But some people will have to see bears in their backyard, especially Janice Husebo, who considers them part of her family. For twenty-two years, she has lured hungry bears to the front porch of her home northeast of Asheville. “Friends call me the ‘bear whisperer woman,'” she says as we squeeze outside her door and see a bear and her twins strolling quietly around the porch.
Nevertheless, the wildlife authorities warn that feeding bears increases the conflict and the risk of accidents, which lowers the tolerance for the animals – both reasons why the county has signed an ordinance banning the feeding of bears. Jennifer Strules is well aware that for Asheville residents like Janice Husebo, the bear enjoys status as a beloved animal. But she also hopes that her research will help advise on the best way to live with animals – for them and for us. “Wildlife belongs to everyone,” explains the biologist. But what we want is for the bears to stay wild. »
While black bears have recaptured about half of their former range and now live in about 40 states, coyotes – native to the Great Plains – have taken the United States by storm in recent decades. They are now found nationwide, except Hawaii, and in most major cities. And especially in Chicago, the most emblematic metropolis of the urban coyote, which is home to no less than 4,000.
Stan Gehrt, an ecologist with Ohio State University and the Max McGraw Foundation for Wildlife, began studying Chicago coyotes in 2000, shortly after they first appeared in the city. He thought at the time that his study would last a year. More than twenty years later, he still works there. “We are constantly underestimating this animal and its ability to adjust and adapt,” he says. It pushes the boundaries of what we perceive as limitations. »
One spring morning in Schaumburg, a suburb of Chicago, paves the way for three seekers through swampy land behind a residential area. They are looking for the cave and the cubs of coyote 581, a female equipped with a transmitter collar. Suddenly a baby’s howl penetrates the roar of the traffic. Moments later, Lauren Ross, Senior Field Technician, shouts out. She has just found a baby of a few weeks sitting in the grass, his stomach swollen with milk. She gently picks up the young man and examines him, pulling out a tuft of hair for genetic analysis. She inserts a small electronic chip between the shoulder blades. The little one remains calm and quiet during the investigation. His mother will come back after him when the team is gone, Lauren Ross explains.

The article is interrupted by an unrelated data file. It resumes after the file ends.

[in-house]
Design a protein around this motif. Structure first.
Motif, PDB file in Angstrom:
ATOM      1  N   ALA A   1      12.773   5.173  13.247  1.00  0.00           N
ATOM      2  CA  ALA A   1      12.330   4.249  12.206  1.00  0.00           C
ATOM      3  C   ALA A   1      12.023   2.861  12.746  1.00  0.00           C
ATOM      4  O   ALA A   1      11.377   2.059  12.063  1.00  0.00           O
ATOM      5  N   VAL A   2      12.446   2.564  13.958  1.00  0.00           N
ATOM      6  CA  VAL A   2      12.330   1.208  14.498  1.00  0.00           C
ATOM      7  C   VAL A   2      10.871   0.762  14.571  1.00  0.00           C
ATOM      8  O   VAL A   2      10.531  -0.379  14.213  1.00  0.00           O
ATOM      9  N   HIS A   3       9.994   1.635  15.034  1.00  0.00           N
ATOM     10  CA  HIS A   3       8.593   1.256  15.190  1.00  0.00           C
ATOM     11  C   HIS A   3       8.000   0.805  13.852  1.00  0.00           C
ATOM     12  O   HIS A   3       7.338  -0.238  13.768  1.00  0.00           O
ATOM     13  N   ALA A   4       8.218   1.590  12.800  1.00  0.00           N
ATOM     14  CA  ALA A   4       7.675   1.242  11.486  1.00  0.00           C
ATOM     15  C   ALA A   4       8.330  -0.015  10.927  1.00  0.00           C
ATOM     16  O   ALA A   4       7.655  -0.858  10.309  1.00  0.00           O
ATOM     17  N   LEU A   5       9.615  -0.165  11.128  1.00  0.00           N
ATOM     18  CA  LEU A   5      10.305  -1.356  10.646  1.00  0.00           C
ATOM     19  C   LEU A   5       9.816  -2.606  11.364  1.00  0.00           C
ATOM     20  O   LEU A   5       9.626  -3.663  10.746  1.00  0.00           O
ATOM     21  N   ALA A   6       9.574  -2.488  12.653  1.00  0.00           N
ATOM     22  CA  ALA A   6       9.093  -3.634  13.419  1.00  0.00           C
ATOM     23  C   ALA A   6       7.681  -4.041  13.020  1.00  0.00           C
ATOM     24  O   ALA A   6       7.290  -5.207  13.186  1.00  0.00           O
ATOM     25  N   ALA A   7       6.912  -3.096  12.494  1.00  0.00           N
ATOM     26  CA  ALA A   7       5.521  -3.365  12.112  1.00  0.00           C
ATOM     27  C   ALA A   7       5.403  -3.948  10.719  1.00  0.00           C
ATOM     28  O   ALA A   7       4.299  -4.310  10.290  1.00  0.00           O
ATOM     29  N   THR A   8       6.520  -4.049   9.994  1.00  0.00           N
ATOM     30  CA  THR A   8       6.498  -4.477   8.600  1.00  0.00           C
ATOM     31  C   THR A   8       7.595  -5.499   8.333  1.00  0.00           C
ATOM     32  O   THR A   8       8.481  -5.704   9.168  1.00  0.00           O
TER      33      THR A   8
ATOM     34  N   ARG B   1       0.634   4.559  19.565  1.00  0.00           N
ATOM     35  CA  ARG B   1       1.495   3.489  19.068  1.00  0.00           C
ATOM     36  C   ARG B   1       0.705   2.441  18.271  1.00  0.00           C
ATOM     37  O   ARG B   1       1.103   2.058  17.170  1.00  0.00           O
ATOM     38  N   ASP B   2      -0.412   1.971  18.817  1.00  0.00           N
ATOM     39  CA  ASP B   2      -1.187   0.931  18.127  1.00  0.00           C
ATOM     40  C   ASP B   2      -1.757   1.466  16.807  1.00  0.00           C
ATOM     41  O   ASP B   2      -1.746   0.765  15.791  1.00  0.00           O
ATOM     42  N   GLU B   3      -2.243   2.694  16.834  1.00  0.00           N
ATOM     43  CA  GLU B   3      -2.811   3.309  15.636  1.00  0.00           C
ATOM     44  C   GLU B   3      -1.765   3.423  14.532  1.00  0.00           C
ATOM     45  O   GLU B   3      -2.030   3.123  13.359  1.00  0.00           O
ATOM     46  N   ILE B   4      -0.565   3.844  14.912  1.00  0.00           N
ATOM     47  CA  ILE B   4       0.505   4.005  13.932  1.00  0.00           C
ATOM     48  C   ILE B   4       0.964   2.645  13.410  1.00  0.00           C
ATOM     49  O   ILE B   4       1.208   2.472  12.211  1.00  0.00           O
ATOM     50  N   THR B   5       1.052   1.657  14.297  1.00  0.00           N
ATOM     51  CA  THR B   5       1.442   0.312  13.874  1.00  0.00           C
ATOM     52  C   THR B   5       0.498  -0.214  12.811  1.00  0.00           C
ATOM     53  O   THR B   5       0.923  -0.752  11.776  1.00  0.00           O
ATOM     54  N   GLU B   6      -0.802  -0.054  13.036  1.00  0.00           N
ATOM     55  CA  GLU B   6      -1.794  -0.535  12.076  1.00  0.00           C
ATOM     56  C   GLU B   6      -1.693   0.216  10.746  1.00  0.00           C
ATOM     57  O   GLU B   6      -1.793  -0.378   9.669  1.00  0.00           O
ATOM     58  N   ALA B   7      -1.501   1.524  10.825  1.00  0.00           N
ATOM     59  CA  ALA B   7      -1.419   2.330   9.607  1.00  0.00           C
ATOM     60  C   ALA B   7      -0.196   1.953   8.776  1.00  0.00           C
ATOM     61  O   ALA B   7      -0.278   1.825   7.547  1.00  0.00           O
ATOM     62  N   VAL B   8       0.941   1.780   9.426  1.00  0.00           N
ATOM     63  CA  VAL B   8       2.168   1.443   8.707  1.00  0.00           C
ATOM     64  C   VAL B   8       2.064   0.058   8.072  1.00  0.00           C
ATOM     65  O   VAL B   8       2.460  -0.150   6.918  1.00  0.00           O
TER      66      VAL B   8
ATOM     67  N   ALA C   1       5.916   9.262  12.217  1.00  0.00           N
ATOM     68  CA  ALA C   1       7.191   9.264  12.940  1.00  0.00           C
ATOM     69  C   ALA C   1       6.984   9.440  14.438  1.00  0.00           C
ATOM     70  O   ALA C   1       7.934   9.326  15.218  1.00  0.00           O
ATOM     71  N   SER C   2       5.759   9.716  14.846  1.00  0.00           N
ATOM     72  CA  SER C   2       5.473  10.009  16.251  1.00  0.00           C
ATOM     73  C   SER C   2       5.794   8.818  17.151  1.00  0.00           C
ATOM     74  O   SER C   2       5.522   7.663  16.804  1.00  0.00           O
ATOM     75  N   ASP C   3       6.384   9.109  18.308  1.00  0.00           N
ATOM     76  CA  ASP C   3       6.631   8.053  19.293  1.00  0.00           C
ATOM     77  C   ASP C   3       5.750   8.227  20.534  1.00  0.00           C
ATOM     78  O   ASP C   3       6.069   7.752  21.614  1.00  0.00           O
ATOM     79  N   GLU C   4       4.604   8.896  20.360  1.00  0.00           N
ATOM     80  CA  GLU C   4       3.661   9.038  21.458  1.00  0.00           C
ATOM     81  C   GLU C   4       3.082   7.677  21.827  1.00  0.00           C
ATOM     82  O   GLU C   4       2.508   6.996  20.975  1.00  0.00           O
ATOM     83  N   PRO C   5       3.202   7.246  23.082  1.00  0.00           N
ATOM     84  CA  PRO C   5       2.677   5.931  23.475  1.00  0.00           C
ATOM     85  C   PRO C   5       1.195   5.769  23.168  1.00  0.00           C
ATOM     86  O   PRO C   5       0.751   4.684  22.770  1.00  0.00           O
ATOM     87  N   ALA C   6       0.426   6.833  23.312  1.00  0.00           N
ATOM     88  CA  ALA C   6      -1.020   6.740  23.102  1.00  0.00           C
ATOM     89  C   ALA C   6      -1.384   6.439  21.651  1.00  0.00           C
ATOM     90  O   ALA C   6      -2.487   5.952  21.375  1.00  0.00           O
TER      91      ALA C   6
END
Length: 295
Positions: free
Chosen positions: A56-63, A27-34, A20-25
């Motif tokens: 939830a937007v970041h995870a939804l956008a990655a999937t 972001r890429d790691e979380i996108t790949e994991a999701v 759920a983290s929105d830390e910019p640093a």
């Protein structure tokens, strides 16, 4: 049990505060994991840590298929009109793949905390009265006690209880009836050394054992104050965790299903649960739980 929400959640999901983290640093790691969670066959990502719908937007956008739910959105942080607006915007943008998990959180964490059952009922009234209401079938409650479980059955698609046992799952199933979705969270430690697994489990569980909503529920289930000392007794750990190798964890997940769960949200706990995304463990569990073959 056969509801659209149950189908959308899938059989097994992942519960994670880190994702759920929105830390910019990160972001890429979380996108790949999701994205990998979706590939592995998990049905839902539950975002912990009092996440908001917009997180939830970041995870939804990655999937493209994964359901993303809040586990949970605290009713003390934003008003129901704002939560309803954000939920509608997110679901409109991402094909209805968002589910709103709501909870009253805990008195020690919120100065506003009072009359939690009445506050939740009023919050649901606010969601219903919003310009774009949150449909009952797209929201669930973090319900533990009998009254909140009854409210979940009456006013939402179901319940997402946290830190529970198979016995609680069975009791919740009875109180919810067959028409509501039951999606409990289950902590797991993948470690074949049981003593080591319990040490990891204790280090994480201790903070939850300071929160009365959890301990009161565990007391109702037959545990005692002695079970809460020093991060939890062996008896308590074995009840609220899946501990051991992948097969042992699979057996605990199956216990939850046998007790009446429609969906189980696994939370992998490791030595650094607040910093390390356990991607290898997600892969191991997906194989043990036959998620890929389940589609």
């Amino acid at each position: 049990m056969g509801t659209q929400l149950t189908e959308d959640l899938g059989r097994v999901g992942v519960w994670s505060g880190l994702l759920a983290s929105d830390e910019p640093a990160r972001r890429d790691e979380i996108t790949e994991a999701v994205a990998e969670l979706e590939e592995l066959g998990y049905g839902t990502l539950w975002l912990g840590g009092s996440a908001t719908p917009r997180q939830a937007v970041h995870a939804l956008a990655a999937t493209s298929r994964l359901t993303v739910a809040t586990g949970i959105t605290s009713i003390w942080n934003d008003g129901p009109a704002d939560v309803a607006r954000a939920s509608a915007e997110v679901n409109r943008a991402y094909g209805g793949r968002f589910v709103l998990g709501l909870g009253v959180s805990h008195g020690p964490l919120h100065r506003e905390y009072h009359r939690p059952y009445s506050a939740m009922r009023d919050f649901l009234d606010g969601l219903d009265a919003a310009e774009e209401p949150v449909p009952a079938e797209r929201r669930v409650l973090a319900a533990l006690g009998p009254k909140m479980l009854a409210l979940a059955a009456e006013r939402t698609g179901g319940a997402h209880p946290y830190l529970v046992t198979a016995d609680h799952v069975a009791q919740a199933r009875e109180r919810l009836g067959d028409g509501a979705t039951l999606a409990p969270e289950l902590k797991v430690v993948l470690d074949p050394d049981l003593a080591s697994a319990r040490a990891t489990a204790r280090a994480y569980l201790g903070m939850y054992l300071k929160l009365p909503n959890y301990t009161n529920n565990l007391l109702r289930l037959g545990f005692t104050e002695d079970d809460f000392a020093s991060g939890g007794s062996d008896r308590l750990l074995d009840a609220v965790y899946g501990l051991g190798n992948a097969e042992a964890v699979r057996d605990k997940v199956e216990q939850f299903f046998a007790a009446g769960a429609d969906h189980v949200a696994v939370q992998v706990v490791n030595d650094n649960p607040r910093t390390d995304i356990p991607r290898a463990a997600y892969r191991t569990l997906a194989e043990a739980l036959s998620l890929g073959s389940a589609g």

At the beginning of his research, Stan Gehrt believed that coyotes would settle for parks and green areas. But he was wrong: “Now they are everywhere – in every neighborhood, in every suburban town and in the city center. In fact, the coyotes have managed to establish themselves despite our best efforts to exterminate them. At least 400,000 are killed each year, about 80,000 of them as part of a federal predator control program, mostly in the West. Collisions with vehicles are the leading cause of death for coyotes from Chicago, but they have learned to avoid cars and even understand traffic lights.
In addition to their ability to adapt, the flexibility of their diet is an asset to these animals. Coyotes can eat almost anything, from fruit to schoolgirls. They know how to cope with living almost everywhere. But a question arises: are they genetically capable of living in the city, or do they manage to adapt quickly thanks to their cunning nature? The answer could be a mixture of both – what Christopher Schell, an urban ecologist at the University of California, Berkeley, calls “adaptive plasticity.” They would thus utilize their innate ability to adapt to new environments to feel more and more comfortable there over time.